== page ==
s/v Wabi Sabi, Galesville, MD
|12-22-2008 07:18 PM|
|johnshasteen||I looked at an Alejuela 38 many years ago in the process of finding our Bristol. Nice boat, quality is excellent and it's built like a tank. We would have bought it, but we decided that a couple our age should probably stay in the 30 foot range and bought the Bristol 29.9. The Alejuela is definitely a prettier boat.|
|09-03-2008 02:56 PM|
Originally Posted by GBurton View Post
The CGC boats are directly derived from the Atkin boats. In some cases, they're nearly identical (31, 36). In others, like the 34, 38, and 40, they are adaptations, with the rudder moved in-board rather than transom hung. My favorite design is their 34, which was redrawn by Carl Chamberlain. Resting on its waterline, to my eye it is one of the handsomest boats ever launched.
By William Atkin, http://www.atkinboatplans.com/
|09-02-2008 10:09 PM|
I wonder if this "Tally Ho" inspired the CGC.....
This boat is on the hard in our harbor, a famous old boat!
The Albert Strange Association » Blog Archive » TALLY HO’s Fastnet
The Albert Strange Association » Blog Archive » This Boat Won the Fastnet Race in 1927
|09-02-2008 05:47 PM|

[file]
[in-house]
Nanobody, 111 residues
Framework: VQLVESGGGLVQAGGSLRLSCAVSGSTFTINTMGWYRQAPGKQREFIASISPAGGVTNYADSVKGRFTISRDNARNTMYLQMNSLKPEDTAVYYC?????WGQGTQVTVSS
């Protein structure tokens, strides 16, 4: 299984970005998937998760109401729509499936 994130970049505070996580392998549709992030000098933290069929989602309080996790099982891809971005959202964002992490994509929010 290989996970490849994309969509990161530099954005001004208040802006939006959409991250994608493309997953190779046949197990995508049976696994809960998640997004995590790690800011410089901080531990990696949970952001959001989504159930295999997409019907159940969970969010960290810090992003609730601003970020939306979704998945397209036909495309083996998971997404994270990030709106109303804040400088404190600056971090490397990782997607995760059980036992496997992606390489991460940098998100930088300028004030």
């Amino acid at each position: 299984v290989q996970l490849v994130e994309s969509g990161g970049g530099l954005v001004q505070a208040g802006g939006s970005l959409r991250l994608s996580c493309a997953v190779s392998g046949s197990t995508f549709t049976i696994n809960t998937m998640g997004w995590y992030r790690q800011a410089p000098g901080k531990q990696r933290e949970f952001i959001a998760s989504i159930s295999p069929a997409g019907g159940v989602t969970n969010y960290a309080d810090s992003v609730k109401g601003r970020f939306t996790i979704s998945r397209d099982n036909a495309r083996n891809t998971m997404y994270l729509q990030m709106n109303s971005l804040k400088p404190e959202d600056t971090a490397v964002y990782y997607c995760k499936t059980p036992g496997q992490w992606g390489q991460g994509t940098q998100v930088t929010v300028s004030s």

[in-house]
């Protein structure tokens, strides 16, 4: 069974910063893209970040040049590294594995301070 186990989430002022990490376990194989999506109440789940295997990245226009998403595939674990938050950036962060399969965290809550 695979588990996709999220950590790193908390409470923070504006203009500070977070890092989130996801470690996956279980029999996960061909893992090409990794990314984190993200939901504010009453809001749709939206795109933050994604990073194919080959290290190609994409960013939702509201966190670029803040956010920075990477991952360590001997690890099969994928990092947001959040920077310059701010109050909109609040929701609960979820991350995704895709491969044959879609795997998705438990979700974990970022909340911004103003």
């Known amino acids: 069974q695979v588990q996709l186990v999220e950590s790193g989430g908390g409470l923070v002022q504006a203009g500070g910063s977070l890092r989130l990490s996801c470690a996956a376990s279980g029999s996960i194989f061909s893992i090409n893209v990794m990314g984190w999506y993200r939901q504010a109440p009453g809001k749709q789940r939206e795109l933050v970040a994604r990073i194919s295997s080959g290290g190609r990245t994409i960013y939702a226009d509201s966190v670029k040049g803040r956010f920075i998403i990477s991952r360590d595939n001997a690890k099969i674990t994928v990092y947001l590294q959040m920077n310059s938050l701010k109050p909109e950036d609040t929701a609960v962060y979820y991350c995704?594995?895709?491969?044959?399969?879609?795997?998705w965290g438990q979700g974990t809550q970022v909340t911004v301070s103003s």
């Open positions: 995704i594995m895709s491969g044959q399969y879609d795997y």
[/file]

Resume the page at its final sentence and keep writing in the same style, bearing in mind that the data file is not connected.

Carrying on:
Originally Posted by GBurton View Post
I'm drawn to the Atkin designs as well. But I also have three kids in about the same range as you, and wouldn't choose the Alajuela 38 for an extended cruise. It would make a great couple's boat -- a Westsail 32 on steroids -- but it does not lend itself very well to reconfiguration for a family of five. The narrow beam coupled with the double-ended hull makes it tight on volume for its LOD.
Since you like the Atkin designs -- have you checked out the Cape George Cutters? They are derived from various traditional-sterned Atkin designs like Tally Ho and Tally Ho Major (rather than the double-ended designs such as Eric/Thistle/Ingrid that Westsail and Alajuela used). They have fuller hindquarters, longer waterlines, and generally are more powerful sailboats. Though not necessarily more voluminous, the volume is more useable in my opnion (i.e. it's not all concentrated at the main salon of the boat).
They sell their boat to any stage of completion or in kits:
Cape George Marineworks
|09-02-2008 05:17 PM|
Thanks for the reply John.